I frowned. This wasn’t exactly what I’d been looking for when I’d typed the words “homemade facial cleanser” into the Google search bar. To be honest, I’d been hoping for something more along the lines of the natural, herb-centric cream that I had been using… just a bit less wasteful and a touch cheaper. Instead, there it was: oil as a substitute cleanser.
I took a moment to read a few of the articles (there were a lot of them) and noticed that each promoted this counterintuitive method of removing grime as the best thing since the washcloth. The reasoning seemed sound(ish): when we clean our faces, we strip them of the natural oils which protect them and in doing so open our pores to invasion by all sorts of nasty stuff that promotes everything from acne to rosacea. Using just oil and water, however, allows our skin to do what comes naturally… and results in all sorts of advantages like brighter, softer skin.
After a few minutes of careful contemplation, I decided to give it a try and popped onto my favorite online shopping outlet for two simple ingredients: almond oil and tea tree oil. (According to one article, the addition of 8-10 drops of the latter to 1.5 oz. of any other oil of my choice would result in an increased resistance to acne. While I’m not prone to zits, it seemed like a good idea.) My products arrived in the mail a few days later and I quickly mixed the two oils in a small container and set the solution in my bathroom cabinet.
For the first several days, I cleansed twice a day – wetting my face to remove any dirt on the surface, then opening the pores with hot water and massaging in the oil. After allowing it to sit for about five minutes, I’d use a washcloth soaked in hot water to remove any residual oils, then douse my face in cold water to close the pores. It wasn’t long before cleansing became a daily ritual rather than a twice daily ritual. My skin had taken to the oil like a duck to water and I felt clean most of the time.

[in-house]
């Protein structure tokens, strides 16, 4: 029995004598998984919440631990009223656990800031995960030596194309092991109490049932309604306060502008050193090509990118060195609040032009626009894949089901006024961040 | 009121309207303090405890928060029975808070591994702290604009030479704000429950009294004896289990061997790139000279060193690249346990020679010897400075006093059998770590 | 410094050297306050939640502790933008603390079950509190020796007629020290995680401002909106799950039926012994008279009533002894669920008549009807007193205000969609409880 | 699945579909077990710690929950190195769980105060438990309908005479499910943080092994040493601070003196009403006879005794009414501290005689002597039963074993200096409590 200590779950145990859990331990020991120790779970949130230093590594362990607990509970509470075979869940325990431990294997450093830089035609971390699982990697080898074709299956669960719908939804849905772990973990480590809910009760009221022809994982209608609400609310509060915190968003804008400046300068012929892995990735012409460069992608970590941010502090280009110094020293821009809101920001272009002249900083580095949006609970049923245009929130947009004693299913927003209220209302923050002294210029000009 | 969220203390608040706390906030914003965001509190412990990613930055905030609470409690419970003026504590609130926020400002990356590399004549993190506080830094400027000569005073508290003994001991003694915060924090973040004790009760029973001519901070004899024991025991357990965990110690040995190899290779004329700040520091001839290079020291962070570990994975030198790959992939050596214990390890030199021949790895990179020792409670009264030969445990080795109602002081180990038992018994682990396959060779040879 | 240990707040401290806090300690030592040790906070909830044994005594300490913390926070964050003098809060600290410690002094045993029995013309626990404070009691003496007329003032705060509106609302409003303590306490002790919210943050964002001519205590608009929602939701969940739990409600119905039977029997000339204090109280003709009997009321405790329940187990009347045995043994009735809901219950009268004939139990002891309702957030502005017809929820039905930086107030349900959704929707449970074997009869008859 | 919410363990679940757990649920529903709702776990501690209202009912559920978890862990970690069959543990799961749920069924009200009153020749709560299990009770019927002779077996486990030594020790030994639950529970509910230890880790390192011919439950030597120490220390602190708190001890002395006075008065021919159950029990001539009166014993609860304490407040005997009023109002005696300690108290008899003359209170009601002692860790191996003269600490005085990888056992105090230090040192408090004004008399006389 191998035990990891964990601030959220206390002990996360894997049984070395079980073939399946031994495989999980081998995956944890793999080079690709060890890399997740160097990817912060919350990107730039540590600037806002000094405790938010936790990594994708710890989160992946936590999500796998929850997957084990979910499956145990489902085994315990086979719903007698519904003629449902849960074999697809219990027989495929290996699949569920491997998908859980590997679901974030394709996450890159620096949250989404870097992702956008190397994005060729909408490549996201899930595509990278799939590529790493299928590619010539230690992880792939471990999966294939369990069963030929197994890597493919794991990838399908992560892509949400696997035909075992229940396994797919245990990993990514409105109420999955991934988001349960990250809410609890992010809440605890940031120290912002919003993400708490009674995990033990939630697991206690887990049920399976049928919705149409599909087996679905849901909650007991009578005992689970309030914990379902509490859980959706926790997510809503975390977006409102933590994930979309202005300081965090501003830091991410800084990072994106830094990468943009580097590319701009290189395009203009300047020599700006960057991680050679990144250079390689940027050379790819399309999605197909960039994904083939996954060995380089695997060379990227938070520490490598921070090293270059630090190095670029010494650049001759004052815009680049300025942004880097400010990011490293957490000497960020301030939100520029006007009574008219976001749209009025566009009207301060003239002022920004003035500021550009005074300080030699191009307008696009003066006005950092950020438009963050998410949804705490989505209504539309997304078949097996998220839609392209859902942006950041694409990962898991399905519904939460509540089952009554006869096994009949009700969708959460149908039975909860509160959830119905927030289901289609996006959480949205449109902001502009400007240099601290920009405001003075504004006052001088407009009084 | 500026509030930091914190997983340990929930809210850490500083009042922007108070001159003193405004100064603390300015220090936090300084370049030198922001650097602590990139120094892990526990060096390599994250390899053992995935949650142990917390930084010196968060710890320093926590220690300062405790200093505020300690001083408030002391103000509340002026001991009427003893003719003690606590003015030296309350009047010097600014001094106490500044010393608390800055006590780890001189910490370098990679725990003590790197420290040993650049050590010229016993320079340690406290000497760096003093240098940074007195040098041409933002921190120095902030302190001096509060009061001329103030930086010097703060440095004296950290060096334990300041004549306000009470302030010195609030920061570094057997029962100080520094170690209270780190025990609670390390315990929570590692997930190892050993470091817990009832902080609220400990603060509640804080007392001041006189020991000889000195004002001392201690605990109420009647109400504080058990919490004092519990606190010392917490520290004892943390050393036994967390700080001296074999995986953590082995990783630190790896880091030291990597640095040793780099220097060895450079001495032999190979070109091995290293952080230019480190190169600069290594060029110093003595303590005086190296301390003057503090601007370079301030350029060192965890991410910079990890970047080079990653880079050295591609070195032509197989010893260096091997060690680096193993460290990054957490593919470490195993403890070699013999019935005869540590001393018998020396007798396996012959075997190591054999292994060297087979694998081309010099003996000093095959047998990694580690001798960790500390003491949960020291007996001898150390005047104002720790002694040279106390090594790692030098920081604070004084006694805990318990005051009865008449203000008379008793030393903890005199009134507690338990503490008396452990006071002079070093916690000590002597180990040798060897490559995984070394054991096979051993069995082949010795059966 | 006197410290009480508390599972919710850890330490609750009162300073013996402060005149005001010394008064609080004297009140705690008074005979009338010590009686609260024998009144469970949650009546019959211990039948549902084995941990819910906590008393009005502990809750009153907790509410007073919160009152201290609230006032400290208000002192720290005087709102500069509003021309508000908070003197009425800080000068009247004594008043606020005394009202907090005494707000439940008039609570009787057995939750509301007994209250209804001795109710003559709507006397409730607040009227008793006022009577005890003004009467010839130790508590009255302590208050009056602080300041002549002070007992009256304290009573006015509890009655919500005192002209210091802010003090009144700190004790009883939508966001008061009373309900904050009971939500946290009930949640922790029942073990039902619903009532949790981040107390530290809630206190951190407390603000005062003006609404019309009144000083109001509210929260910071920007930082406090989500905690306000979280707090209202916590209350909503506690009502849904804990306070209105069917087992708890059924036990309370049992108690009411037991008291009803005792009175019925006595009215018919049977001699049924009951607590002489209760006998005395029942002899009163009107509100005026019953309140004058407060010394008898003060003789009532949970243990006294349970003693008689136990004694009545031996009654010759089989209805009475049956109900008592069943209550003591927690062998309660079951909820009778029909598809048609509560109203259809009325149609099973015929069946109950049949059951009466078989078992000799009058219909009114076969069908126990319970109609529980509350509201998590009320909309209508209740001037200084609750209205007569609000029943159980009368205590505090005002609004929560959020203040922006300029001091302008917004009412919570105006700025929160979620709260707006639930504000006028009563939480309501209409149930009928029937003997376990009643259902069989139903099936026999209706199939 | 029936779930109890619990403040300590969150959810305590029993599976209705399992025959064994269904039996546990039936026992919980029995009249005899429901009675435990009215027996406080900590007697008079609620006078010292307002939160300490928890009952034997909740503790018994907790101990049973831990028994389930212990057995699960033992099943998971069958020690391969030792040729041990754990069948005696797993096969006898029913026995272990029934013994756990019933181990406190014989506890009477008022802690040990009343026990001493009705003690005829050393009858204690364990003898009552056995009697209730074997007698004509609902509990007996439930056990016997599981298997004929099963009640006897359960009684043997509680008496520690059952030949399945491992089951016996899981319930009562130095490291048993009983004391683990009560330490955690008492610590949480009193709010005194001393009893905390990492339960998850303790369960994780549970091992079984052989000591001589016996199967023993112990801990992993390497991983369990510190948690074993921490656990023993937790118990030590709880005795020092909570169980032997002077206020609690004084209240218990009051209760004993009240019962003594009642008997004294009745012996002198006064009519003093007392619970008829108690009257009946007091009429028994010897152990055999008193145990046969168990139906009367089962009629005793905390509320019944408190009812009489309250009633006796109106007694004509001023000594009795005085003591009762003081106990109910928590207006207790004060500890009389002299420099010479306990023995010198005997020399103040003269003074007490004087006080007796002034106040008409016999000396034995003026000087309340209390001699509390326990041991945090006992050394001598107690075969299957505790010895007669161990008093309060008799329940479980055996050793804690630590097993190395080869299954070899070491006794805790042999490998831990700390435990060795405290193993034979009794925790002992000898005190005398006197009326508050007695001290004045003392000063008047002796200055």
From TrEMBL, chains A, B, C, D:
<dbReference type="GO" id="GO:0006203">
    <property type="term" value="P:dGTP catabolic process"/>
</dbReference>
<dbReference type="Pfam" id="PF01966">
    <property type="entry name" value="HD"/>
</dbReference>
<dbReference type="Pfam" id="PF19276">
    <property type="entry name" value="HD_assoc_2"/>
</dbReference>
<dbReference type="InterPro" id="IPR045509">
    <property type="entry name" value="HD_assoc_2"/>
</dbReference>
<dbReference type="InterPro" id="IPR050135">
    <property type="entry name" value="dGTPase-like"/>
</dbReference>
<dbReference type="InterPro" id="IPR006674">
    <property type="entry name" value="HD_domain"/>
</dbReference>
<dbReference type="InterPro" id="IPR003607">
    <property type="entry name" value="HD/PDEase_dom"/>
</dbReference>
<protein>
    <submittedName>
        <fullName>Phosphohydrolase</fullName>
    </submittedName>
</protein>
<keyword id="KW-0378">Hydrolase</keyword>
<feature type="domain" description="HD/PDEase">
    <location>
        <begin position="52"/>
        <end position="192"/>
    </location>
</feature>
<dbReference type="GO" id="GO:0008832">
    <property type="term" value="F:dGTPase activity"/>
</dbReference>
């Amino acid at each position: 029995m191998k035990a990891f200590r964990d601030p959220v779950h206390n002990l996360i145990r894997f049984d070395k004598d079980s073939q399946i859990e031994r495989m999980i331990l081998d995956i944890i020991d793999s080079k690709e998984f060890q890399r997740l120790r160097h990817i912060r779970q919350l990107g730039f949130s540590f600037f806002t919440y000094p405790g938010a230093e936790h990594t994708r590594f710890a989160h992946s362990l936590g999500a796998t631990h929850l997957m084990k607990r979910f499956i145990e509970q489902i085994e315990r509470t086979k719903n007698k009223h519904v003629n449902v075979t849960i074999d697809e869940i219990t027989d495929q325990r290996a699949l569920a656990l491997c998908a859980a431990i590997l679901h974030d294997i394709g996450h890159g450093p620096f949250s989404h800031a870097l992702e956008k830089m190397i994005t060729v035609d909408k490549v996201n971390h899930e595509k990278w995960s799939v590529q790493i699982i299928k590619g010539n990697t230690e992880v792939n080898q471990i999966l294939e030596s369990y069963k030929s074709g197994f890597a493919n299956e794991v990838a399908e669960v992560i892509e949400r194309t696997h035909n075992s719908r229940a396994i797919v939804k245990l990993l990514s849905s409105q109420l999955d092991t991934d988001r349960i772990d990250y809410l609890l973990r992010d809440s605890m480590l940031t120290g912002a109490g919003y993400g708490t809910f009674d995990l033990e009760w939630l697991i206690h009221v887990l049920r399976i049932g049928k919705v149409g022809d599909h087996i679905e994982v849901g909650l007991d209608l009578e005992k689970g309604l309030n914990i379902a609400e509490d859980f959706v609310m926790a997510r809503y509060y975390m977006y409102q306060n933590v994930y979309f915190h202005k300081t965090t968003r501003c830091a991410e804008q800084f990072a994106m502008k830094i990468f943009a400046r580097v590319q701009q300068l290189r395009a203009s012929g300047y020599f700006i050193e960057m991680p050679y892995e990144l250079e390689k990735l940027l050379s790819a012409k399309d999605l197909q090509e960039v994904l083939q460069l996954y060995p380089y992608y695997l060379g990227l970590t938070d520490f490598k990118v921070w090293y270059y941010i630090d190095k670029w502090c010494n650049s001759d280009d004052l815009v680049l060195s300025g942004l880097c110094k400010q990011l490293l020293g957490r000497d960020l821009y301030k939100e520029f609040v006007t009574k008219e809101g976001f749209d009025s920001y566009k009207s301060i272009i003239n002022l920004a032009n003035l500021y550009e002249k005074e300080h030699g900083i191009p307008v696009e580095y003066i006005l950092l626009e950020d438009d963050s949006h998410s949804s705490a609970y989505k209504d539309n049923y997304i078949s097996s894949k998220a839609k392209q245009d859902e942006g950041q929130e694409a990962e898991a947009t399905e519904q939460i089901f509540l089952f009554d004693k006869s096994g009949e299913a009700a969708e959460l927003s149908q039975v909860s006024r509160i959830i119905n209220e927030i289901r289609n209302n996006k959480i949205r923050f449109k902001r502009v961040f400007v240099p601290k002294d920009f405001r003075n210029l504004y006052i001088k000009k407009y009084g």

Perhaps of even greater interest was the way in which my combination skin was reacting to the new cleanser. Aside from the promised effects, I was also experiencing something unique: an imperviousness to windburn. I had forgotten to apply my moisturizer several days in a row (my skin felt moist, so it simply slipped my mind) and on both occasions had been exposed to a chilly gusting breeze throughout the day. When I returned home, my skin was still soft, supple, and it’s normal olive tone. Not surprisingly, the oily solution also reduced my encounters with sunburn. (After all, most things burn more readily when they are dry… and my skin was not!) I was hooked. Oil as a cleanser really is the best thing for skin since the invention of the washcloth!
Take a look online and you’ll find a selection of interesting recipes for this homemade cleanser. You can use just about any oil you like, though I’d stick to lighter selections like almond or sunflower. These will help prevent breakouts rather than promote them. I’d also advise that you give the practice some time. One of the articles I read suggested a trial period of one month and I’m inclined to agree. Cleansing your skin with oil feels a bit strange at first and it takes some time to get used to it feeling “normal”. Once you do, however, you won’t want to go back!
If you’ve had some experience using oil as a facial cleanser, please feel free to share it (as well as any of your favorite cleanser recipes) below. After all, adventures are always best when shared with a few good friends willing to take a risk!